Being Overweight in Adolescence Linked To Health Ailments Later in Life

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Men and women who had been overweight in adolescence are more likely to die from coronary heart disease and other serious health problems even if they become leaner as adults, according to a report in the Nov. 5 issue of the New England Journal of Medicine.

In what is thought to be the longest longitudinal study of its kind, researchers at Tufts University's Human Nutrition Research Center on Aging tracked overweight and lean adults over a 70-year period in western Massachusetts and southern New Hampshire.

They selected 508 subjects who had participated in the Harvard Growth Study of 1925 to 1933, which assessed the mental and physical development of Boston-area schoolchildren, and compared the health of those who had been overweight and those who had been lean as adolescents.

The overweight group was defined as those with a body mass greater than that of 75 percent of the students of the same age and grade level, or about 15 to 20 pounds heavier than the average.

Researchers have found that obesity increases the long-term risk of developing heart disease, hypertension, gout, arthritis, and certain cancers.

But the new study suggests that adolescent weight problems can have an even greater effect on an individual's health because of the physiological changes associated with adolescence that may create a predisposition for health problems in the future.

"When boys deposit fat in their gut, it elevates the risk of heart disease,'' said Aviva Must, a nutritional epidemiologist at Tufts University and the study's primary author.

Ninety-six of the 256 men in the study had died by 1988. Boys who were overweight between the ages of 13 and 18 years were 80 percent more likely to die earlier from heart disease than their average-weight counterparts.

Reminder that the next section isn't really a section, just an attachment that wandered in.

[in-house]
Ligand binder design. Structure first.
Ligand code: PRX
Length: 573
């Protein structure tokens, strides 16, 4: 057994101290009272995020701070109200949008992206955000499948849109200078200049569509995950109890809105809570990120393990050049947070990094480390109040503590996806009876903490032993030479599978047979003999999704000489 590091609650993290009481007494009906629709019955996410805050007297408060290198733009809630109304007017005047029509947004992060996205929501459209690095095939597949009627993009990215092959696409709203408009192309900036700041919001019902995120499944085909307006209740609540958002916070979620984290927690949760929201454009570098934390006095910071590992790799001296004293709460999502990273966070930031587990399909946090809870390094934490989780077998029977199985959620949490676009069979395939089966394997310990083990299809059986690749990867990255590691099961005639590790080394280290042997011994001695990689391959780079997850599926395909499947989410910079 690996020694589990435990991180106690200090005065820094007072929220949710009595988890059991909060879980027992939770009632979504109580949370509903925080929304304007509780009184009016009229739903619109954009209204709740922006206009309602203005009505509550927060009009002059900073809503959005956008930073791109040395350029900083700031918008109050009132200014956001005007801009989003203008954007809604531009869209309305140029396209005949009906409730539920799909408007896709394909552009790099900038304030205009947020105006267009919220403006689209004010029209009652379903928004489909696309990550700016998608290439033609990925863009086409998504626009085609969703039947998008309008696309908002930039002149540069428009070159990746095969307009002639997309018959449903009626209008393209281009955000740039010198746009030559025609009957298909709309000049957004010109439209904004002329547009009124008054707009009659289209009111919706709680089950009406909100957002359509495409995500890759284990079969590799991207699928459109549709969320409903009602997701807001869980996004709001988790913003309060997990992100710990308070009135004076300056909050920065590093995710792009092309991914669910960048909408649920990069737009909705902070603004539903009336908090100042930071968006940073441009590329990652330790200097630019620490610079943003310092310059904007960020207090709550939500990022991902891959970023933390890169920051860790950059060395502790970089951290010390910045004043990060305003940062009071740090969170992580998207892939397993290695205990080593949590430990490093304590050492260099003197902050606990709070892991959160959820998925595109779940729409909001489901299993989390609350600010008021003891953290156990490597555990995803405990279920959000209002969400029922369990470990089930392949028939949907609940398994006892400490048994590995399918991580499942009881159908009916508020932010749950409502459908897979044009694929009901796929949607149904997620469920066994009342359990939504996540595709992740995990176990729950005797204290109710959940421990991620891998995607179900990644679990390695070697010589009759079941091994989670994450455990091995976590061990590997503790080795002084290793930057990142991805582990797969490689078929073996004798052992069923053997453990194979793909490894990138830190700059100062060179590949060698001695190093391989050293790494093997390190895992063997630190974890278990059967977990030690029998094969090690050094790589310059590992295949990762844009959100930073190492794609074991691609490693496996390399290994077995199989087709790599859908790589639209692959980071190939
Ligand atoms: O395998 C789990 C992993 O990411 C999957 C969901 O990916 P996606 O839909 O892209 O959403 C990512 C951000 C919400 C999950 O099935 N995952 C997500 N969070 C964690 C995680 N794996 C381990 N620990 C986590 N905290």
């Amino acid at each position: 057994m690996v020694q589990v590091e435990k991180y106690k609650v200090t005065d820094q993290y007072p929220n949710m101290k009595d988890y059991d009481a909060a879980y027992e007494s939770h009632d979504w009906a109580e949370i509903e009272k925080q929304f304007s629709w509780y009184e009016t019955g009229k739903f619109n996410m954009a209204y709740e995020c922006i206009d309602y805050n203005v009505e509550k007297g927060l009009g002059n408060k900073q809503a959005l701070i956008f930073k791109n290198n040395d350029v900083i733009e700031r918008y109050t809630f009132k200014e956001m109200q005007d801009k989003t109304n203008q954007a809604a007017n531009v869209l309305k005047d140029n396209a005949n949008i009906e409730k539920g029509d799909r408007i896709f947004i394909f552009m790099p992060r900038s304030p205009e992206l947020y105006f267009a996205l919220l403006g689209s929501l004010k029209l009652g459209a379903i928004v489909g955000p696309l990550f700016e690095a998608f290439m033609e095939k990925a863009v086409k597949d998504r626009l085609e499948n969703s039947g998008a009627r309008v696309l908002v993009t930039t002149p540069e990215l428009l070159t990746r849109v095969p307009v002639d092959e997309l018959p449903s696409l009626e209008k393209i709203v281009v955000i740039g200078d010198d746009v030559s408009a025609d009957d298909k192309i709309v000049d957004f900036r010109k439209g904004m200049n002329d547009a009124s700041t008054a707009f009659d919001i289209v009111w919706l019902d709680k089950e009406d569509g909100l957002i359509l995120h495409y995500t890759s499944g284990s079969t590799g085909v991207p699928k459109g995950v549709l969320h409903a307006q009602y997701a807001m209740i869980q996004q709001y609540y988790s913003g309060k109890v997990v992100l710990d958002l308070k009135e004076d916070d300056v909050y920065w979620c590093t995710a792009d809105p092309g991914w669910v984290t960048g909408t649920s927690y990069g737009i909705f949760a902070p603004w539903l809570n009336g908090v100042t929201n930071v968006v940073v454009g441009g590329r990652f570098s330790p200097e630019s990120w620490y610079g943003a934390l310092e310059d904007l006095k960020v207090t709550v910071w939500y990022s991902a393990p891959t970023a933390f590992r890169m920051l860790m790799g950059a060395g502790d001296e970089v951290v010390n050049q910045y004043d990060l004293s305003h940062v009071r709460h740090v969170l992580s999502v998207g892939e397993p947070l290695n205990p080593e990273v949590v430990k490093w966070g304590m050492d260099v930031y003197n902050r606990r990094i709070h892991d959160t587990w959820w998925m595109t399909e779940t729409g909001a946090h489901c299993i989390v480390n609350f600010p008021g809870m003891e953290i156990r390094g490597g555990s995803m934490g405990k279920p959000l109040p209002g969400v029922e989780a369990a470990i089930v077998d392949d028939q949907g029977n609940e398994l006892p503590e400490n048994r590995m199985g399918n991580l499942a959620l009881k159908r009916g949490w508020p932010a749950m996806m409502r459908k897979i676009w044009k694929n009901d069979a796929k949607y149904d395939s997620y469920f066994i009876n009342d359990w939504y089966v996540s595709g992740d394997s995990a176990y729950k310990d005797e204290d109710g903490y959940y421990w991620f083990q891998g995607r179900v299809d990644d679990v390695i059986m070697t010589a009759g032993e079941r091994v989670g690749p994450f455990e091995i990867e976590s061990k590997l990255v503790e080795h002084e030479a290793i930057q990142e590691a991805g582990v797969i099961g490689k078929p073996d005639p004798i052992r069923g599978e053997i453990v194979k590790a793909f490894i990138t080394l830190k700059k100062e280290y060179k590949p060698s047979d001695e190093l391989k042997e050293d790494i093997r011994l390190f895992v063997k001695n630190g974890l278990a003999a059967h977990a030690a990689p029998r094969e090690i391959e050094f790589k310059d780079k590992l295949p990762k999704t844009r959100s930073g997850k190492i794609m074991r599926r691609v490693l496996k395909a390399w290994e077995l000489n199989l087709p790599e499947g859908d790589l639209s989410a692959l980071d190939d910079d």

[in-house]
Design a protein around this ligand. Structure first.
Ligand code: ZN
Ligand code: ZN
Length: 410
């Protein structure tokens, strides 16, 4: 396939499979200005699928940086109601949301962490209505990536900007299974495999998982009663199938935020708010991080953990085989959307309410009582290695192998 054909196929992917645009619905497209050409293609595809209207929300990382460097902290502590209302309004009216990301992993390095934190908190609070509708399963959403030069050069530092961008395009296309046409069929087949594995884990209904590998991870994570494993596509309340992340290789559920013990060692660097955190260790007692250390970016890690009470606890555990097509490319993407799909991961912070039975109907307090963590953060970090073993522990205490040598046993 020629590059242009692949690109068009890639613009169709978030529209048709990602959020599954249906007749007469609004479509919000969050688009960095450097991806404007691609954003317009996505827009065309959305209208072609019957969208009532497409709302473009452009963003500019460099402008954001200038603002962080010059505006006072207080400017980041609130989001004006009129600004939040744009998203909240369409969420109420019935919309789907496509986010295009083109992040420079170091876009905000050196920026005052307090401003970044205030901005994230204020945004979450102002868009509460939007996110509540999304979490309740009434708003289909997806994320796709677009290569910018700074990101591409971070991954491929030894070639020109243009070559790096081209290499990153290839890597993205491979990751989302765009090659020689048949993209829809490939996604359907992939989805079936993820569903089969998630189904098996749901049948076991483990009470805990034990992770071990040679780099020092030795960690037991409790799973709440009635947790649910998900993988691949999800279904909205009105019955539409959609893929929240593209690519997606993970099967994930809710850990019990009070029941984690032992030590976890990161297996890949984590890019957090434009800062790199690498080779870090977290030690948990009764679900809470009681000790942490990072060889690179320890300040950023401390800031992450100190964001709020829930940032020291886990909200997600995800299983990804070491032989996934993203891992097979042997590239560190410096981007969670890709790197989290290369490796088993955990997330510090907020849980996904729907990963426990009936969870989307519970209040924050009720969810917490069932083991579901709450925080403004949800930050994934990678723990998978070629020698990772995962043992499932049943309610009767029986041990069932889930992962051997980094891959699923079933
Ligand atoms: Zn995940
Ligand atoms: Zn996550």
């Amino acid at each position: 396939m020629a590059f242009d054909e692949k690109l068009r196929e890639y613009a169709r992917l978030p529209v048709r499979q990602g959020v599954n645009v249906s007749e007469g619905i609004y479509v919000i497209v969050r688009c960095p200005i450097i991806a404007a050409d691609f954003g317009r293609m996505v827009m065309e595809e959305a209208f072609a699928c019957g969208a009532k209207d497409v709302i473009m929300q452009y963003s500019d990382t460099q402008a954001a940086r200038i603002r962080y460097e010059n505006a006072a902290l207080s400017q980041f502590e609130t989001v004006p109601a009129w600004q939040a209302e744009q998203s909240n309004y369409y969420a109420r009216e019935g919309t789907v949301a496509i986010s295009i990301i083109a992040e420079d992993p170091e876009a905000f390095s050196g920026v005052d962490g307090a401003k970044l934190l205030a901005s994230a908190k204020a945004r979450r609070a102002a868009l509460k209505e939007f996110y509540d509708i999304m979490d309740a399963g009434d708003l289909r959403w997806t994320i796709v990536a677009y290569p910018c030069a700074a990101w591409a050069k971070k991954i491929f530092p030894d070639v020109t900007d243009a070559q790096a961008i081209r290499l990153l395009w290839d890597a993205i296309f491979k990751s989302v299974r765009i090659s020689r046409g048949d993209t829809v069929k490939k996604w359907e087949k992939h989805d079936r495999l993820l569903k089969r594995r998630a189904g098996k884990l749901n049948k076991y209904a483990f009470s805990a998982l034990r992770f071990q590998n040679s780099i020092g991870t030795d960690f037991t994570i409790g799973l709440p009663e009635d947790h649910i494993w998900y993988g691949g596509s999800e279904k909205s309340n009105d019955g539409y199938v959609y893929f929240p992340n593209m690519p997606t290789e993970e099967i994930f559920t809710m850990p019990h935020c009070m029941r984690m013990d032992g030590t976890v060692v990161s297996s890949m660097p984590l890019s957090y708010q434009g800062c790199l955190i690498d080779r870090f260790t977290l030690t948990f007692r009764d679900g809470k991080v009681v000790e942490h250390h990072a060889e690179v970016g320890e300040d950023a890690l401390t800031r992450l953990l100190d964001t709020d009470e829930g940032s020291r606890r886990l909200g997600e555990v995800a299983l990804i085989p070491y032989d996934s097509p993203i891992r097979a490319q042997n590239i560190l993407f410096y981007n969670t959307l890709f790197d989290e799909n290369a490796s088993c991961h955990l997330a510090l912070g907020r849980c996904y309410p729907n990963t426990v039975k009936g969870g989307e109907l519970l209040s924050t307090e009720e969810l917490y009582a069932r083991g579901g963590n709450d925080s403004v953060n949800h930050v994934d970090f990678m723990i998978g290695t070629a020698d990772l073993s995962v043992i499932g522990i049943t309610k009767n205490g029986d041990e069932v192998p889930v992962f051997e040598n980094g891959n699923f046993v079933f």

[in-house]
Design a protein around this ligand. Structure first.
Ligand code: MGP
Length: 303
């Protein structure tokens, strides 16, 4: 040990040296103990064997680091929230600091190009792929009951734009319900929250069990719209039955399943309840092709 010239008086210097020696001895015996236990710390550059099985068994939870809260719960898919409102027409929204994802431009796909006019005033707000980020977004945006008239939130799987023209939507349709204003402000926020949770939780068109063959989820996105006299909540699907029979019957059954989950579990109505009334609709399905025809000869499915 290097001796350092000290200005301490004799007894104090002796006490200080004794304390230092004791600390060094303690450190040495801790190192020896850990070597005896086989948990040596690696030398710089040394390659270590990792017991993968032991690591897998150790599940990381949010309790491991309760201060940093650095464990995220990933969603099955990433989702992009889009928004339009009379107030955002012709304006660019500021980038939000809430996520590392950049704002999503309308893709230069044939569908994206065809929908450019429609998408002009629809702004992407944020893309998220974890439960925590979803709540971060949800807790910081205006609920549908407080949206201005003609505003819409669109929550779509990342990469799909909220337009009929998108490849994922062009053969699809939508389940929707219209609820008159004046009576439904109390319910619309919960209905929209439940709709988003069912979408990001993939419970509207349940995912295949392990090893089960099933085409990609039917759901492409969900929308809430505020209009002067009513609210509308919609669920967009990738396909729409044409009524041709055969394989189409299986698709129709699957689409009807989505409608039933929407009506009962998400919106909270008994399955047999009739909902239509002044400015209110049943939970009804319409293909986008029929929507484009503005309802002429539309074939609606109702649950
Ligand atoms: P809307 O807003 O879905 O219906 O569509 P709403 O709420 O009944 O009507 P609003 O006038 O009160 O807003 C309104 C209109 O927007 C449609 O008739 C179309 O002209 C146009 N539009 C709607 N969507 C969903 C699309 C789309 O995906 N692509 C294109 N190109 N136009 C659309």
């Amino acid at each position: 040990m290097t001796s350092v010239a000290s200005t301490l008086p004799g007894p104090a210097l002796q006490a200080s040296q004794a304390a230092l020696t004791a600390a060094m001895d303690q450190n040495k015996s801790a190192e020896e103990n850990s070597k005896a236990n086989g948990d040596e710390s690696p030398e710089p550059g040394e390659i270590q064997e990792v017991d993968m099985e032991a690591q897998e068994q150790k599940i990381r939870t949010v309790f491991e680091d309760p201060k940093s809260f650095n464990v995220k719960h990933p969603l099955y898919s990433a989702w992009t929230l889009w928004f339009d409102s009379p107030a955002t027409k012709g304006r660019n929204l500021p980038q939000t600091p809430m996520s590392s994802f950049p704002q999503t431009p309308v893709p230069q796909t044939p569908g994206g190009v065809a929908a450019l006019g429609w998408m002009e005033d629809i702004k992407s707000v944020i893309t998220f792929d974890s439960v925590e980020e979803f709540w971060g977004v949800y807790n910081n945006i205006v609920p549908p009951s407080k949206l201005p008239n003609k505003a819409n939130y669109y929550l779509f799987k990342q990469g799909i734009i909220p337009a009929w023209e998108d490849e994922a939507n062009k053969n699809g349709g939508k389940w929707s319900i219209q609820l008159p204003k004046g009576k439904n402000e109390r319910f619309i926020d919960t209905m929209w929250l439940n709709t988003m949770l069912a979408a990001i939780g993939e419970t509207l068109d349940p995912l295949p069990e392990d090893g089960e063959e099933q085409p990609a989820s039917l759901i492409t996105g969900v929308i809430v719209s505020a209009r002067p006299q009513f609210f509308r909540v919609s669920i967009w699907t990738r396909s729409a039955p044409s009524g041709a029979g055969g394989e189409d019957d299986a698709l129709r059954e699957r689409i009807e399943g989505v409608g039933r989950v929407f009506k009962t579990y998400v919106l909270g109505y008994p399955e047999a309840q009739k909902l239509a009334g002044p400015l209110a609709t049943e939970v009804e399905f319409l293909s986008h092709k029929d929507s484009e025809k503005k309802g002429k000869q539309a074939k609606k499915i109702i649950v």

The men who had been overweight teenagers had a nearly three times greater chance of developing coronary heart disease and had a six times greater chance of contracting cancer of the colon or rectum.

Though 68 of the 252 women in the Harvard study had died by 1988, the formerly overweight teenagers, unlike the men, showed no greater risk of dying earlier than their leaner counterparts.

However, the formerly overweight women did have an increased likelihood of developing heart problems and arthritis.

Women who were overweight during their teens also were eight times more likely to report difficulty with daily living and performing such routine acts as climbing stairs, lifting objects, and walking, according to the report.

What Is 'Fat'?

Some observers voiced concern that the study might encourage greater numbers of teenagers to be categorized as fat even if they do not meet current medical standards for being overweight. In addition, some said that if the study's authors had used stricter criteria for defining overweight teenagers, they might have found effects among women as well.

The study used the top 25 percent of the weight group, not 15 percent, which is the traditional measurement for determining who is overweight.

"Though the study demonstrates that adolescent overweight has some adverse affects later in life, one must be careful in making public-health recommendations to adolescents on the basis of their weight,'' warned Dr. George A. Bray of the Pennington Biomedical Research Center in Baton Rouge, La.,in an editorial published in the same issue of the journal.

Ms. Must acknowledged that the "criteria are somewhat arbitrary, but the idea is to get as close to one's ideal body weight as you can.'' Some moderately overweight people may be at risk for becoming obese, she added.

Some observers have expressed concern that the study might precipitate a diet frenzy. A "yo-yo'' pattern of weight gain and loss is unhealthy, the study's authors warn. Rather, a person should develop a consistent exercise regimen to achieve and maintain an ideal weight.

"The emphasis is on making changes that can be permanent, and efforts at prevention are the best alternative,'' Ms. Must said.

Vol. 12, Issue 10

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